PH jobless rate eased to 7.4% in October
MANILA, Philippines—With economic reopening from the most stringent COVID-19 lockdowns in full swing, more Filipinos returned to their jobs in October, bringing the unemployment rate down to a three-month low of 7.4 percent.
Out of the 3.5 million jobless Filipinos in October — also the lowest in three months, some 46,000 used to be employed in the education sector, which was badly hit by the prolonged suspension of face-to-face classes to keep school children safe from infection.
The Philippine Statistics Authority’s (PSA) quarterly labor force survey (LFS) in October showed the number of Filipinos aged 15 and above who were either employed or unemployed slightly declined to 47.3 million from 47.8 million in September, when the Philippines shifted to alert levels which contained cases within localities instead of blanket lockdown restrictions across bigger areas, as done in the past.
As such, 43.8 million Filipinos had jobs in October, but 7 million of them were underemployed or looking for longer working hours or higher-paying jobs as they settled with part-time arrangements.
October’s underemployment rate of 16.1 percent was the highest in three months, but President Duterte’s economic managers noted that “more people are employed today than in the months before the pandemic struck.”
“Employment creation remained positive as 234,000 more Filipinos were able to find work in [October]. This brings total employment to 1.3 million above pre-pandemic levels,” Budget Officer-in-Charge Tina Rose Marie Canda, Finance Secretary Carlos Dominguez III, and Socioeconomic Planning Secretary Karl Kendrick Chua said in a joint statement reacting to Tuesday’s October LFS report.
“Better employment outcomes in October were driven by the government’s policies that further reopened the economy safely, such as shifting to the alert level system and granular lockdowns from large-area and blanket quarantines and allowing more mobility for vaccinated individuals,” the economic team said.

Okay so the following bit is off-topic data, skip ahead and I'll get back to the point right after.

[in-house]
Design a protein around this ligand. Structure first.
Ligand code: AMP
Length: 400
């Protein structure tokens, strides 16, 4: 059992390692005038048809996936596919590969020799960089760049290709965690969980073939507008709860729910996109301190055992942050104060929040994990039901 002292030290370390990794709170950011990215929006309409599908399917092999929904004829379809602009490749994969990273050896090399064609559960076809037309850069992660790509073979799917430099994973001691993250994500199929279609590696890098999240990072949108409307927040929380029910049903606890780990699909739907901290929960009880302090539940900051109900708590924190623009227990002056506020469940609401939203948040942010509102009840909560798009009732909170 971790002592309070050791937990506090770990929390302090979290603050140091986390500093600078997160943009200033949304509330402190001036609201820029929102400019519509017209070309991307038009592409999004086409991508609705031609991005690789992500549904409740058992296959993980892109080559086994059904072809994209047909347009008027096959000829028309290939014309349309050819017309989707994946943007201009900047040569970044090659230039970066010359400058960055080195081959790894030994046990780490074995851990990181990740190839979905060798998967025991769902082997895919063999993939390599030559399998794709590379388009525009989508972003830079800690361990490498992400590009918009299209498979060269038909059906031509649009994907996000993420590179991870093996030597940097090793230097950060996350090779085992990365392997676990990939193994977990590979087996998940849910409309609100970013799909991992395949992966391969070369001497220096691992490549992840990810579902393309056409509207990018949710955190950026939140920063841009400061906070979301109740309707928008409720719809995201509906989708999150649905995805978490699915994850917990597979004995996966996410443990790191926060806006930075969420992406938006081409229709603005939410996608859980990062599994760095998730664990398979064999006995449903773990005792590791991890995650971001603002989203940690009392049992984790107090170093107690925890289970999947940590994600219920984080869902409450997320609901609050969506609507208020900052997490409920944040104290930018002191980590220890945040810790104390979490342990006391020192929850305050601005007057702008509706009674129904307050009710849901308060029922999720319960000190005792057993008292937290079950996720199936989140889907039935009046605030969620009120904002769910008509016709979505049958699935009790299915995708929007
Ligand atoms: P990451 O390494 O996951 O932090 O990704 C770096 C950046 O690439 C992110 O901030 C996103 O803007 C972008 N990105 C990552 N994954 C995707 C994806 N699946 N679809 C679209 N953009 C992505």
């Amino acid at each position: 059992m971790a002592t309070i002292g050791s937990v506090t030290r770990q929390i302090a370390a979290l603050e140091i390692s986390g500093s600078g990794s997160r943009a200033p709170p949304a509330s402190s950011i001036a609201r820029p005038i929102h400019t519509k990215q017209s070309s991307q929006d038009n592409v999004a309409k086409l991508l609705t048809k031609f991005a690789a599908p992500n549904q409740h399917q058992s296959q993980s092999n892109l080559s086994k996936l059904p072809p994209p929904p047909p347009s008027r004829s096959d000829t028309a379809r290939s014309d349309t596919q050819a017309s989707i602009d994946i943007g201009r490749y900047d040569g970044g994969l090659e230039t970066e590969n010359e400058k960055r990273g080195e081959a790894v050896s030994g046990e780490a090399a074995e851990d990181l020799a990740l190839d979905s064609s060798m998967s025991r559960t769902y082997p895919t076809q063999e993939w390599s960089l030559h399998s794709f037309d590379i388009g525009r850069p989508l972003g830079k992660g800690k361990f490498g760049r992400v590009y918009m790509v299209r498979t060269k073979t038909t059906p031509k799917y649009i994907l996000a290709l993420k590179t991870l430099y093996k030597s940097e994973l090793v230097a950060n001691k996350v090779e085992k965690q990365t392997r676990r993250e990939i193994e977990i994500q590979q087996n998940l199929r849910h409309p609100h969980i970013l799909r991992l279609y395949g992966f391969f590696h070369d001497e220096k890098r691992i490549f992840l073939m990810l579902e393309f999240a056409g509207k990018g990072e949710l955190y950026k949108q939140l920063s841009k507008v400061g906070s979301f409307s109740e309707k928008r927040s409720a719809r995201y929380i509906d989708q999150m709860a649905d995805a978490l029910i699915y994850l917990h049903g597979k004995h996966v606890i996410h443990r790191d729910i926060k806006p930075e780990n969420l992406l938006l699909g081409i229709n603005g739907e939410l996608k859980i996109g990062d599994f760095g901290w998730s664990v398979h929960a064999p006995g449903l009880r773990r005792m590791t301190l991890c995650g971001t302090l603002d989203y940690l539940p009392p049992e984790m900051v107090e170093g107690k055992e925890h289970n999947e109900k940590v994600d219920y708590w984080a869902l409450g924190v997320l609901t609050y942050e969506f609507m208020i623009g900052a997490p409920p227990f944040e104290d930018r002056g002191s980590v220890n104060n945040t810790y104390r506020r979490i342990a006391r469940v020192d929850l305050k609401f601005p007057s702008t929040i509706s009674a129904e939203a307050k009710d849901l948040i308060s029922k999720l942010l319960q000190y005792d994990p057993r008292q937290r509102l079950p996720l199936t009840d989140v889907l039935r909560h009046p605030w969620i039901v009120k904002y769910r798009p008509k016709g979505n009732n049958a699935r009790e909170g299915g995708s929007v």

“Credit should also be given to the close collaboration between the private sector and government not only in accelerating the inoculation drive for our people but also in enforcing the minimum health protocols to contain infections,” they added.
National Statistician Dennis Mapa told a press briefing that on a year-on-year basis, the biggest increases in employment in October were posted in the following sectors: wholesale and retail trade plus repair of motor vehicles and motorcycles (up by 1.32 million jobs); agriculture and forestry (up by 990,000); manufacturing (up by 297,000); public administration and defense, plus compulsory social security (up by 287,000); and other service activities (up by 239,000).
Quarter-on-quarter or compared to July before the Delta strain of COVID-19 forced a revert to the strictest enhanced community quarantine (ECQ) in Metro Manila and surrounding provinces last August, the largest increments in jobs were in agriculture and forestry (up by 1.35 million); wholesale and retail trade plus repair of motor vehicles and motorcycles (up by 1.2 million); as well as fishing and aquaculture (up by 234,000).
On the other hand, the biggest quarter-on-quarter drops in employment were recorded in the sectors of construction (down by 291,000 jobs); manufacturing (down by 213,000); transportation and storage (down by 123,000); professional, scientific and technical activities (also down by 123,000); and financial and insurance activities (down by 78,000).
Year-on-year, the largest declines were suffered by education (down by 46,000 jobs); financial and insurance activities (down by 8,000); electricity, gas, steam, and air-conditioning supply (down by 6,000); information and communication (down by 4,000); and activities of extraterritorial organizations and bodies or regional and global institutions operating in the country (down by 900).